"They Used Pat for Public Consumption, Just Like Jessica Lynch": An Interview with Mary Tillman
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After the Sept. 11 attacks, football star Pat Tillman left a multimillion-dollar contract with the Arizona Cardinals to join the Army Rangers, wanting to go fight Al-Qaeda. When the former NFL safety was killed in Afghanistan in April 2004, Army officials told his family he died in an enemy ambush. Five weeks later, after Tillman was posthumously awarded the Silver Star, and after Army officials at a nationally televised memorial had told a story of him charging up a hill in pursuit of enemy insurgents, the Army reported that, in fact, Tillman had been shot three times in the head by "friendly fire."
Since discovering that Tillman was killed by friendly fire, his family, led by his mother, Mary, and his brother, Kevin, who served with him in the Army, has been trying to find who was responsible for covering up what happened in Pat's death. After seven investigations, two Congressional hearings, and support from politicians ranging from Democratic California Rep. Mike Honda to Republican presidential candidate John McCain to retired general Wesley Clark, Mary Tillman says no one has been held accountable.
Now, with Narda Zacchino, former deputy editor of the San Francisco Chronicle , she has written a book about Pat's life and her struggle to find out the truth about his death. The title is Boots on the Ground by Dusk: My Tribute to Pat Tillman . AlterNet writer Emily Wilson sat down with her recently in San Francisco to talk about the book.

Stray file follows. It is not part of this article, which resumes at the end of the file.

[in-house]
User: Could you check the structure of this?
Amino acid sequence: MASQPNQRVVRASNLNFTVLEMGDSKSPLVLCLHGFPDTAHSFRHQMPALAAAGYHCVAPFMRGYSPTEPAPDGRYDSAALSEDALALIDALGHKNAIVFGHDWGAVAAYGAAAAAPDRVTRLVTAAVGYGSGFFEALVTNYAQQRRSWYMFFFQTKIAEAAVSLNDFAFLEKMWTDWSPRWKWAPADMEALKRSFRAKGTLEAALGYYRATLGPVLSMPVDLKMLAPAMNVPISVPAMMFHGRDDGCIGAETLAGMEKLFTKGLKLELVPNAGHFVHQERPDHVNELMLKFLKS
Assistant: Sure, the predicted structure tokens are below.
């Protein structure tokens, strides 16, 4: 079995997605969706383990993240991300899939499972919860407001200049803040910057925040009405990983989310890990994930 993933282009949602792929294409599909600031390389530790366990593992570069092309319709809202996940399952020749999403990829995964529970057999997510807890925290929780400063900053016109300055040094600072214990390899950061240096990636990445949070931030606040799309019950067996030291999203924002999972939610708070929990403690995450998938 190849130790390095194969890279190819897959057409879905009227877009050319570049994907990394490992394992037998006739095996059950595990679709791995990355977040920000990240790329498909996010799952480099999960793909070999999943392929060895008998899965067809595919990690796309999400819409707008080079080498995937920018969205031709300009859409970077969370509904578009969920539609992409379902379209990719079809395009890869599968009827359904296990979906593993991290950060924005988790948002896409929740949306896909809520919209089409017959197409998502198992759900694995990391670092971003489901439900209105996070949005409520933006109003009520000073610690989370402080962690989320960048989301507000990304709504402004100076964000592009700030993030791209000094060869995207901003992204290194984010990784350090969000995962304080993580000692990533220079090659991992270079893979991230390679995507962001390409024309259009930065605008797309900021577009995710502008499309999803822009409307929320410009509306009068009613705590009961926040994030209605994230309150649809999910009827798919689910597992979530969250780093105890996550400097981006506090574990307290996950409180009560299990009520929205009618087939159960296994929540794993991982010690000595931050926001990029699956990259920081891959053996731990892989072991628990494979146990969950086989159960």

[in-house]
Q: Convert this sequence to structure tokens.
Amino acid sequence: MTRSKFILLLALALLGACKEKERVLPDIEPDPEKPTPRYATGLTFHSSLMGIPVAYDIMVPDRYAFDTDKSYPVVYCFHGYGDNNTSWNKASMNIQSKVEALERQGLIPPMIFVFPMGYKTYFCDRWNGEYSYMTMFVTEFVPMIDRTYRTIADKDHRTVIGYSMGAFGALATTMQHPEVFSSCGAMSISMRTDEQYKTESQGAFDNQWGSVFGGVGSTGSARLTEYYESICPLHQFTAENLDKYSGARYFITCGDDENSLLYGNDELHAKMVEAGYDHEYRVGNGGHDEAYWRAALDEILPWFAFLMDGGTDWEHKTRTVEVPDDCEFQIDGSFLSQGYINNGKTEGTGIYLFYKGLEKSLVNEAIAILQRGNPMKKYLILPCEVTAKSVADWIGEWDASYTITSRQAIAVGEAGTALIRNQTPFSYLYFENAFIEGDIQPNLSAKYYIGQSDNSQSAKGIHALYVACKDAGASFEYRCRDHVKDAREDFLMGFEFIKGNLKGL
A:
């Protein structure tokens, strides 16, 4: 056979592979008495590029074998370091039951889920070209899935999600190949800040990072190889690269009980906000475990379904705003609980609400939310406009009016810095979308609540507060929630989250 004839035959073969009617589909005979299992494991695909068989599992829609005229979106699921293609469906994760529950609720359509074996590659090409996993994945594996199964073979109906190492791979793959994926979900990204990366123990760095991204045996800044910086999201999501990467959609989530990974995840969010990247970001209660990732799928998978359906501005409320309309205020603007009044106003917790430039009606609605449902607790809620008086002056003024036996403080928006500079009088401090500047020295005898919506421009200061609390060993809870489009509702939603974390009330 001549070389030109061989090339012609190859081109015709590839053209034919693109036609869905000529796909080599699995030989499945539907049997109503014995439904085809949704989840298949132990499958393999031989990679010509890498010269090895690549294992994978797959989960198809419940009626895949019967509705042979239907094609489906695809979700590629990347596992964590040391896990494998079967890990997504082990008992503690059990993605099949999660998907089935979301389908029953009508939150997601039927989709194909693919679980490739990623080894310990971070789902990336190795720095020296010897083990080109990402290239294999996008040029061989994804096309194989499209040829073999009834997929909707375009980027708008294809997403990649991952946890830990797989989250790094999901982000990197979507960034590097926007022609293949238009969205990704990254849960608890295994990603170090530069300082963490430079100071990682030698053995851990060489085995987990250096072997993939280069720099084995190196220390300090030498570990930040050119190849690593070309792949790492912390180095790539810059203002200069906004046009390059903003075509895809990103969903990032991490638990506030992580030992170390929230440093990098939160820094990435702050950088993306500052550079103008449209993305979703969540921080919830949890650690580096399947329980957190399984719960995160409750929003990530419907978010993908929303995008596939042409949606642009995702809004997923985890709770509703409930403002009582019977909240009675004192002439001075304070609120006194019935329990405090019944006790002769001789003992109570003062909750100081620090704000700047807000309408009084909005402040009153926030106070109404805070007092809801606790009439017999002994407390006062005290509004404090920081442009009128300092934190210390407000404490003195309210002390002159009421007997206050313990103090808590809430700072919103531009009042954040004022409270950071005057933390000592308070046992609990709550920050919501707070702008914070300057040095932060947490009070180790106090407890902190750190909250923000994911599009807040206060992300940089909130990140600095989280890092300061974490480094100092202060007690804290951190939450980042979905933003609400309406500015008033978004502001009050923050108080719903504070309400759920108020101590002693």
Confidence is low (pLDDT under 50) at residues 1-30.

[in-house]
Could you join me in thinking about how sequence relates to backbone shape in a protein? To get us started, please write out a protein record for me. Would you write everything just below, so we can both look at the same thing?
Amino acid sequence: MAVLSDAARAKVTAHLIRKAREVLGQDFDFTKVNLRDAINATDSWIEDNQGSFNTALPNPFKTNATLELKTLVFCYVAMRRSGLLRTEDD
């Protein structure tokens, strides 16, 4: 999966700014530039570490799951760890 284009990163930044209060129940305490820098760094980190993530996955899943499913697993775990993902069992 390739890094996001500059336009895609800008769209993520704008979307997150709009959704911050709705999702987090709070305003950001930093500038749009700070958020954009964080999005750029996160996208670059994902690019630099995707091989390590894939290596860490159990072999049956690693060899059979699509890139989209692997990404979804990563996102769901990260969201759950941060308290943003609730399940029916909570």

Emily Wilson: In the book you have a lot of stories about Pat as a toddler, a kid and a teenager. Why did you choose to include those?
Mary Tillman: I included the stories about Pat growing up because I felt that for the reader to care about what happened to him, they had to have a little bit of an understanding about who he was. I felt the media coverage sort of turned him into a caricature. I wanted to present him as a human being.
Emily Wilson: In four years, you have had seven investigations and two Congressional hearings. What gives you the will to keep going with this?
Mary Tillman: I think there is so much that is disturbing in the documents, the fact that they lied to us to begin with -- and you know, when you are lied to and you see discrepancies, it just makes you more concerned and confused and outraged. And at every turn we just kept finding new pieces of information that made it seem there was huge deception and cover-up. So I feel it's very important to find out who's accountable for the cover-up.